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Germany: Full speed ahead on renewables

Germany forges ahead with ambitious renewable energy plans

Germany’s rail corridors are lined with medium-size photovoltaic installations.

A cluster of wind turbines is barely visible in the lower righthand corner of the image.

By Bob Berwyn

MUNICH, GERMANY — It’s been a whirlwind week of travels here in the ‘old country’ where I grew up, but as I scan the news from back home in the USA and Colorado about the politics of renewable energy, I’m still thinking about what I saw as we flew into Frankfurt a little more than a week ago.

The U.S. Senate is playing politics with wind power, and presidential candidate Mitt Romney says he would do away with even the most harmless way to promote renewable power, the so-called wind energy production tax credits.

Meanwhile, even from 30,000 feet, the change in the German landscape is striking — hundreds, and even thousands, of power-generating wind turbines dot the countryside, in small clusters near villages, in lines along ridge tops, and in seemingly random clumps around some of the larger cities.

It all adds up to about 29,000 megawatts of electricity, enough to supply 8 percent of the industrial country’s needs, and Germany has been adding new wind capacity at a healthy rate.

They have to, deciding last year to completely back away from nuclear power production after the Fukushima disaster.

What struck me most was the pattern of development, which is clearly based on a decentralized model, producing electricity close to where it’s needed and consumed, rather than on vast wind or solar plantations far from cities.

The same holds true for solar power. During the train ride from Frankfurt to Austria, we say dozens of small and medium-size photovoltaic installations, some in the railroad right-of-way, some along the edges of farm fields and others in what looked to be community owned property near towns.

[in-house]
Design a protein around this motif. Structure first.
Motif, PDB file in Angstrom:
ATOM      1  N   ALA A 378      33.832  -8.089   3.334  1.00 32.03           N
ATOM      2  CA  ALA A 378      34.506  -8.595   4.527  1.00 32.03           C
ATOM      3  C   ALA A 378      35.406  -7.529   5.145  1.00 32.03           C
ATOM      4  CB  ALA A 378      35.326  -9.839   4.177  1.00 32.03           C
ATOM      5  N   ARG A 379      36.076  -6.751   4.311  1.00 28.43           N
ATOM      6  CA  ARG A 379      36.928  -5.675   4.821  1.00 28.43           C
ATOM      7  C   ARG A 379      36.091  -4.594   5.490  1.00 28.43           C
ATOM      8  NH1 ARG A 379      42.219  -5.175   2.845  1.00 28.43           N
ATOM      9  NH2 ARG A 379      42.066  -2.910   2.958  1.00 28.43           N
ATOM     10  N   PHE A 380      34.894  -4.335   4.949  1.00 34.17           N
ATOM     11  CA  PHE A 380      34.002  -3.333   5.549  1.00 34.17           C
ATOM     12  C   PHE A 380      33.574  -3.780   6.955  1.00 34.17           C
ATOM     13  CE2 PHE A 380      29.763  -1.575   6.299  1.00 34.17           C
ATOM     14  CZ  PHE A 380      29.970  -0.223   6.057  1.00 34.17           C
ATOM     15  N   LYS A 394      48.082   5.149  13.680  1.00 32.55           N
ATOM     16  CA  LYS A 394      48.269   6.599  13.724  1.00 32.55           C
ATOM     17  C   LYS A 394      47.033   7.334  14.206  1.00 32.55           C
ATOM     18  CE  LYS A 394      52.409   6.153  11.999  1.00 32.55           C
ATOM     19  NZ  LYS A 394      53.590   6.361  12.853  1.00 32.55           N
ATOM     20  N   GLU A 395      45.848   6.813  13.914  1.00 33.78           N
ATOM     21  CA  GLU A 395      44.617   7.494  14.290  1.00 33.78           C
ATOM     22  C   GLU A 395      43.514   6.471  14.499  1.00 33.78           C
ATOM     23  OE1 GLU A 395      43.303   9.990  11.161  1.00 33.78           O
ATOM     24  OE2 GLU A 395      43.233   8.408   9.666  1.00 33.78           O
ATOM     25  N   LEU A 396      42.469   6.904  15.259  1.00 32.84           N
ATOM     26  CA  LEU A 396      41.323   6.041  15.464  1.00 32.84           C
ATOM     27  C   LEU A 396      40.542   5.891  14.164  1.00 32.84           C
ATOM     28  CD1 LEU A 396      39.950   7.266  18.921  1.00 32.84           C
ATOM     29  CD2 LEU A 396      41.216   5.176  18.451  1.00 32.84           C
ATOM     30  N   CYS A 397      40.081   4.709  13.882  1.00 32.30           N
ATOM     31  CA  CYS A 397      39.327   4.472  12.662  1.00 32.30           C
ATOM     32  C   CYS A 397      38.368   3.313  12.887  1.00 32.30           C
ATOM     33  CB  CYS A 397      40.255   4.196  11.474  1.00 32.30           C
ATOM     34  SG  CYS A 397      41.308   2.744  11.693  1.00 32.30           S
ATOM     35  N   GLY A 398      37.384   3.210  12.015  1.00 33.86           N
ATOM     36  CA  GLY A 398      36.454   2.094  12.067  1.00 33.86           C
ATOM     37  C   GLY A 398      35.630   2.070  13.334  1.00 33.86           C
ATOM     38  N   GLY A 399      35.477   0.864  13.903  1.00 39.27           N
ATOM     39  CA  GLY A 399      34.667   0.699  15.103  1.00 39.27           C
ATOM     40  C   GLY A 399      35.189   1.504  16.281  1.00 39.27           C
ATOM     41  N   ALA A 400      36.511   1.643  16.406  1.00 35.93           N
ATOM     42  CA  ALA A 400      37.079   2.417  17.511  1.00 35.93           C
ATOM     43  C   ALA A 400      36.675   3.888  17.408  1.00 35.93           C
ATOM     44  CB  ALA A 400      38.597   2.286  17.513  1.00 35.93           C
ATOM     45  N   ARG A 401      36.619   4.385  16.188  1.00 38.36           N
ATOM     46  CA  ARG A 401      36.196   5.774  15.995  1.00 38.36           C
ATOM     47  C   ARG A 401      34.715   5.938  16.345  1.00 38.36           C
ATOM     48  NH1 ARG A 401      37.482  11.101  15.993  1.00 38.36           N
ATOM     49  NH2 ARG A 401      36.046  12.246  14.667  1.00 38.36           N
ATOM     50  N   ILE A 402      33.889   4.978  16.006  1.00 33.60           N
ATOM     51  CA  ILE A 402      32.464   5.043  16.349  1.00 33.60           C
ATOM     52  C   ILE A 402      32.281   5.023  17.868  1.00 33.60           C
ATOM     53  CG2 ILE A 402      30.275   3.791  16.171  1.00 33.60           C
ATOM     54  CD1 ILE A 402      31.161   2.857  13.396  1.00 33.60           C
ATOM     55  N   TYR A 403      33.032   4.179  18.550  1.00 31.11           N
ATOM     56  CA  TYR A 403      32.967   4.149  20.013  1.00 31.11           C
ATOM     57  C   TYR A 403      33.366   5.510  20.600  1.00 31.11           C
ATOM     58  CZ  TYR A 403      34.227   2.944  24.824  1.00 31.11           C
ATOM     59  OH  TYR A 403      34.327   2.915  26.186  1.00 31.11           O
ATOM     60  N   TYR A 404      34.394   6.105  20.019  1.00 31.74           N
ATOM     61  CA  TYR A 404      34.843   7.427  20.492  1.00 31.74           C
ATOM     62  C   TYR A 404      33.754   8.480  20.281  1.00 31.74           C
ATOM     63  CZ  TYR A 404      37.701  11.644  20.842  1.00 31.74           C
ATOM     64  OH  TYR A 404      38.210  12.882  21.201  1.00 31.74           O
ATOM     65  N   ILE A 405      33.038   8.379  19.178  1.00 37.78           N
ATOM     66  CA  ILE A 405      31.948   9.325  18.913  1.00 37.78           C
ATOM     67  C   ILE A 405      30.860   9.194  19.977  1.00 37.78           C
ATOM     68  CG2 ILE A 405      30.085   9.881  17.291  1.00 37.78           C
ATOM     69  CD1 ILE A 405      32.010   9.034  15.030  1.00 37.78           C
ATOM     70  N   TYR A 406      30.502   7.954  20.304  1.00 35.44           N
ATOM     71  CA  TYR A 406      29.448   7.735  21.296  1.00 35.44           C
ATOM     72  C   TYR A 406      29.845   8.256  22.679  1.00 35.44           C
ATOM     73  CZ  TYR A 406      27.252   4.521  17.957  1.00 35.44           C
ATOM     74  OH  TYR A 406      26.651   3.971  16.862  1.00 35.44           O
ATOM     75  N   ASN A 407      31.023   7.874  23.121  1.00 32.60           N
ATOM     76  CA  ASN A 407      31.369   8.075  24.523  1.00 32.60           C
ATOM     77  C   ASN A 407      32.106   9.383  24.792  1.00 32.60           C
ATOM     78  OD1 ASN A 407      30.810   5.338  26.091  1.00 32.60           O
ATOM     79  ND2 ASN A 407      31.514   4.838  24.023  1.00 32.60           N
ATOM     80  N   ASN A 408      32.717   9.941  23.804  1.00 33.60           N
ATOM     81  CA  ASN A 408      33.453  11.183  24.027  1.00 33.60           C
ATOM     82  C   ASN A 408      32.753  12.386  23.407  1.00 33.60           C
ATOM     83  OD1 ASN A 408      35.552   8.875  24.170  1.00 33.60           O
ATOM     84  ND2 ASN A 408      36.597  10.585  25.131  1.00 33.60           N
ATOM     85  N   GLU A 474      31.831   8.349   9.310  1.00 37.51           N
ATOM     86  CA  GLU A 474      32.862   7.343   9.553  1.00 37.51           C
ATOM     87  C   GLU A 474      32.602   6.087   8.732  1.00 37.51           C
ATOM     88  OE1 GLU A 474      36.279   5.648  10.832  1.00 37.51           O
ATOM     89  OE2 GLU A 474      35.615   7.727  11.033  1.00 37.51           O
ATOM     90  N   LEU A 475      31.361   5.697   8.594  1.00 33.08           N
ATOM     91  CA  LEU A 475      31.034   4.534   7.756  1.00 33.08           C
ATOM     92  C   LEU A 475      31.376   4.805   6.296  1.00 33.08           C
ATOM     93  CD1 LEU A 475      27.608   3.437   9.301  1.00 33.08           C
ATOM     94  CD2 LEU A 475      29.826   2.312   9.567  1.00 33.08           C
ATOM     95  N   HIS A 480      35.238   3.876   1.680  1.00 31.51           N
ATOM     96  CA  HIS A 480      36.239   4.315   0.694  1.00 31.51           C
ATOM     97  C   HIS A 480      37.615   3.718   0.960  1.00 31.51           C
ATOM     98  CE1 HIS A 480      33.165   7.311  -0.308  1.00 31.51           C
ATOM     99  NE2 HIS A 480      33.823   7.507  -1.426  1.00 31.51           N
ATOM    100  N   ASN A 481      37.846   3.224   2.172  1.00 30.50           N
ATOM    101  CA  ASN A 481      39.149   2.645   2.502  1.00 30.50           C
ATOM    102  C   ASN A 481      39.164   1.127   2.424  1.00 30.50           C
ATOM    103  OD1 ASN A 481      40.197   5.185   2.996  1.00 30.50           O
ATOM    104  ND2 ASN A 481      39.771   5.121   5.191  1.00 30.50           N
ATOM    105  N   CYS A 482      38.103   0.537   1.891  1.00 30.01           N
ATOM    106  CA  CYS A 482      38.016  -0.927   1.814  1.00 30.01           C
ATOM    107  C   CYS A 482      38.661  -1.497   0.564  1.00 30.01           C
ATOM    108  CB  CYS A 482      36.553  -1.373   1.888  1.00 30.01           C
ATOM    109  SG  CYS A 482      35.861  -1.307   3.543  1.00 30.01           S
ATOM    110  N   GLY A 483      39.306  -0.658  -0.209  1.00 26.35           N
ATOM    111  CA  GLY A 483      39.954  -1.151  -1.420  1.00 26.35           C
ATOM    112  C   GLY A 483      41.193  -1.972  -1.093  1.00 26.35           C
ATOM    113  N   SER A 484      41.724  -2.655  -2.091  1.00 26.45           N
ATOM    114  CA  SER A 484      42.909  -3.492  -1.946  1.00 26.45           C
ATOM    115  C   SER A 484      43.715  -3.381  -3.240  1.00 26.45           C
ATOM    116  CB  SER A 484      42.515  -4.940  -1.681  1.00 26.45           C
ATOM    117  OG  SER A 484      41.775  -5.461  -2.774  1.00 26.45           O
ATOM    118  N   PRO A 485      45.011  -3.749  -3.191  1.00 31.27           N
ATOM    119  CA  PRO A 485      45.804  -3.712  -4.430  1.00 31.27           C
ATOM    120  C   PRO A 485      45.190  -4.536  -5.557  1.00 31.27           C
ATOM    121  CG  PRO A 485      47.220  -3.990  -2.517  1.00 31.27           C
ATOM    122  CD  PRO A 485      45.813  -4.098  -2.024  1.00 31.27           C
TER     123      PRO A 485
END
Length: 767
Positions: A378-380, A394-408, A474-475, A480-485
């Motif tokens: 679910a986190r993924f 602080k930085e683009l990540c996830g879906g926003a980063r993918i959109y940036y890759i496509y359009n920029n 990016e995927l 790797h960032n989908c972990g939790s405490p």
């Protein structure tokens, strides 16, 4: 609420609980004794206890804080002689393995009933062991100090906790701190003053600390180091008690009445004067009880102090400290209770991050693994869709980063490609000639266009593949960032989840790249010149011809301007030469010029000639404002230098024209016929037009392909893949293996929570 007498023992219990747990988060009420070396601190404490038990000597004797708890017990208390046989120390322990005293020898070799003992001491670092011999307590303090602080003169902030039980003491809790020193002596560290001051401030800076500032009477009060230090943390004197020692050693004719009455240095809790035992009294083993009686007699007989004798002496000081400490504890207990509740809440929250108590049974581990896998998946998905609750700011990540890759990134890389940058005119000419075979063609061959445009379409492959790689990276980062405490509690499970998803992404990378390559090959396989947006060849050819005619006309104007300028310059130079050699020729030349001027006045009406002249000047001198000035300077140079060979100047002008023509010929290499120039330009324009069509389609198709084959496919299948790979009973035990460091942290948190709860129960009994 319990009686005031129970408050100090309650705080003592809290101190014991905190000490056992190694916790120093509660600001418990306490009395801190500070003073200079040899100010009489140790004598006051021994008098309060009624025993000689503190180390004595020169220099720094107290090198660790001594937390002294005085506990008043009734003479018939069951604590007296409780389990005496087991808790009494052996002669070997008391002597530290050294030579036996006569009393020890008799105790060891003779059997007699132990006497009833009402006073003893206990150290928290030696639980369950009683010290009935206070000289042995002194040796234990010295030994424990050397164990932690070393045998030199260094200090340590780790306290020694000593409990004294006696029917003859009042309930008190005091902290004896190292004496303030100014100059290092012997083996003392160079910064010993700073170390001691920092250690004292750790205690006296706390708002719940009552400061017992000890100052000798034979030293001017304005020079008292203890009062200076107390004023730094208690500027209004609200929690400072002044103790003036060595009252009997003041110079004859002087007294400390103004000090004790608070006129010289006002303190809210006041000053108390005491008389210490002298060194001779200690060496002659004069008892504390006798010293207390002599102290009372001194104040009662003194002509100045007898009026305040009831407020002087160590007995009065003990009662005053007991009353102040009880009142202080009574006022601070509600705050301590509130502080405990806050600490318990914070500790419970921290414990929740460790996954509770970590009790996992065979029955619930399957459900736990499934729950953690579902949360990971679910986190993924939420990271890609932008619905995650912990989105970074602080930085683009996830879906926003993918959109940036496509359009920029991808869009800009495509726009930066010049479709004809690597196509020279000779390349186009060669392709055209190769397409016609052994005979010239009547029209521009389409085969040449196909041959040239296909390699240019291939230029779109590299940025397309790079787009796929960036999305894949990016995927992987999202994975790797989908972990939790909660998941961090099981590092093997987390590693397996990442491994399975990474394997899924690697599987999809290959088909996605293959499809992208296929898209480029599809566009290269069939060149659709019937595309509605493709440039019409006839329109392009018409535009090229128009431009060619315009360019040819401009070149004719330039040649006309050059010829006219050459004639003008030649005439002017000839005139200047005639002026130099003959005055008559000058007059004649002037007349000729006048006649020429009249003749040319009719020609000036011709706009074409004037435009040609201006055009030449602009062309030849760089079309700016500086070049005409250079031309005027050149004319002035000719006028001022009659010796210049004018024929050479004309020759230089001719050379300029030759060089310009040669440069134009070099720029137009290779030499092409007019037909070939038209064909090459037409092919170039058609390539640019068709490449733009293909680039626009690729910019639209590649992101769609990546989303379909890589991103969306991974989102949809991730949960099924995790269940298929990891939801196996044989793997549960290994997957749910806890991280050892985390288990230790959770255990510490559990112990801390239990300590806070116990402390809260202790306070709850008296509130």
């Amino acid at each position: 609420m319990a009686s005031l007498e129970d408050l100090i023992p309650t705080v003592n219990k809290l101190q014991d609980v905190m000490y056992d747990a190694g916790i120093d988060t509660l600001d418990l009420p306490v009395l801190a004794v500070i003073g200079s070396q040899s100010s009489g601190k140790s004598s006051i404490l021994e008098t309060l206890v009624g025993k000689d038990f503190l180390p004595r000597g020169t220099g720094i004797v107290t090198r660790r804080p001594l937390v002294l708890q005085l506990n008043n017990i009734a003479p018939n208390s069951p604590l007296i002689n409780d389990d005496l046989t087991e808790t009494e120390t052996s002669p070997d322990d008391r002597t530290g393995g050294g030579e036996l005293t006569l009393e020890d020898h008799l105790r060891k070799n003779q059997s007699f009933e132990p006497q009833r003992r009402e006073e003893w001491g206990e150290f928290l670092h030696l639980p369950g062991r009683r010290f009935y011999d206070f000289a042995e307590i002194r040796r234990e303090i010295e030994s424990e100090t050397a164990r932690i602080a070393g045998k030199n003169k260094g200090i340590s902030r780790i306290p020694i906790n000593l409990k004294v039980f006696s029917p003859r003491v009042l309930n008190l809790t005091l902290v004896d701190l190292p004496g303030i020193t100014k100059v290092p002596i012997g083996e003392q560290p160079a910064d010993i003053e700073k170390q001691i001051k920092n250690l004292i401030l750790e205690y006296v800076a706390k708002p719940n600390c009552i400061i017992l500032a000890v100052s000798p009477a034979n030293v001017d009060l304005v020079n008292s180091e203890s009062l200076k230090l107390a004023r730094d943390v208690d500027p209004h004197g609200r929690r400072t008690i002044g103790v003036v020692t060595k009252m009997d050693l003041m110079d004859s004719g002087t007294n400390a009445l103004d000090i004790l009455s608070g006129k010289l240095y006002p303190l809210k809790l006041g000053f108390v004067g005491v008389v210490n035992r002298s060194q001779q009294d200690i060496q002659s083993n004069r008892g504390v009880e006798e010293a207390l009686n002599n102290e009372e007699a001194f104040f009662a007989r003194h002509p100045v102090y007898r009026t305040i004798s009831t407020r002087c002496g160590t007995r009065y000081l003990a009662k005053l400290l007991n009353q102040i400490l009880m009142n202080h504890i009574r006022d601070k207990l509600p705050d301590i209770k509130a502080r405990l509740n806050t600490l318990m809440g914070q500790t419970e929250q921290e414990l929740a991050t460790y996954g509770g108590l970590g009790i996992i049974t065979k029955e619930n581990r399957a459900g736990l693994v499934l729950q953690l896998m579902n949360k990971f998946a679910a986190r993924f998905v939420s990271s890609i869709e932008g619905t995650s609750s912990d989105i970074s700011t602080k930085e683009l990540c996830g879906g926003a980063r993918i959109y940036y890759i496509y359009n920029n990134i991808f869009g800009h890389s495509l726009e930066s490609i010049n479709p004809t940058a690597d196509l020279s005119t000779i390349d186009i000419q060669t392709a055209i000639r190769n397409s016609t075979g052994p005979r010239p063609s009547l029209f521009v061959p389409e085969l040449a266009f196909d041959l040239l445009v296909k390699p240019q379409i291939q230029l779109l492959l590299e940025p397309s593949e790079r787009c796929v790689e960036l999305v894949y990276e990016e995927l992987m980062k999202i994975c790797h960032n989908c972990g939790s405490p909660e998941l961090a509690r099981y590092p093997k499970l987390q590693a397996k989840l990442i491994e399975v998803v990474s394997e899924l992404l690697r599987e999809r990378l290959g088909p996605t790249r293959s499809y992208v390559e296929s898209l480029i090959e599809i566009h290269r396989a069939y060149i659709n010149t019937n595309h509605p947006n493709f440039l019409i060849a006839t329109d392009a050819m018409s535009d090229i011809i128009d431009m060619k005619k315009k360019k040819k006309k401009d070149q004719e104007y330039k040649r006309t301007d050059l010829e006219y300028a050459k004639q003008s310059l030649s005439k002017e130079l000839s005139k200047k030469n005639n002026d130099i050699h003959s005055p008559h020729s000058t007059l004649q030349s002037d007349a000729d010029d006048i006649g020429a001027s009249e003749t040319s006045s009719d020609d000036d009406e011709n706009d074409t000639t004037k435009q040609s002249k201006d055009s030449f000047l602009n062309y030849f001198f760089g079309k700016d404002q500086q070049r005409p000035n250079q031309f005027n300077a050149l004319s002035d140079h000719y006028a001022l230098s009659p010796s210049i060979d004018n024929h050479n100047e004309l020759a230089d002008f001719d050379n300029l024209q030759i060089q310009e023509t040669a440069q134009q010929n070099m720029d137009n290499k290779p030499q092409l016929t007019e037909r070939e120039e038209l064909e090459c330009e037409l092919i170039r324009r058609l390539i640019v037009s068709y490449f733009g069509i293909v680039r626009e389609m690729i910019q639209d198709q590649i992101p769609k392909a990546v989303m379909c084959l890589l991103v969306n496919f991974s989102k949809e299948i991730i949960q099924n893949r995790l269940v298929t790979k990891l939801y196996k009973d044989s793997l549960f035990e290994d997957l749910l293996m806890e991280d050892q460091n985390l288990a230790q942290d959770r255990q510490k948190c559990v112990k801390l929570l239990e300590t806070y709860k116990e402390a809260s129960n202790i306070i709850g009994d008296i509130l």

Rather than simply talking and planning, Germany has built  political consensus and formed a social pact to forge ahead with renewable energy development, and it doesn’t seem to have hurt the country’s economy.

Just last May, during a sunny spell, those solar installations helped Germany set a world record for solar power production, totaling 22 gigawatts — a third of the country’s peak electricity needs on a Friday, and half on the following Saturday, when electricity needs are somewhat lower.

In 2011, about 20 percent of the country’s total energy came from renewable sources; about 70 percent of that was supported by so-called feed-in tariffs, a policy mechanism that encourages the use of renewable energy by providing long-term contracts to renewable energy producers, usually based on the cost of generation.

The medium-term goal is to produce 35 percent of the country’s electricity via renewables by 2020, a goal that has already been reached in smaller Austria.

All of this is to say that making the switch to renewable energy isn’t as hard as some fossil fuel dinosaurs would have you believe. Certainly there’s room to debate the best way to get there, but it should be clear by now that it’s a desirable goal. All it takes is a little social and political will.

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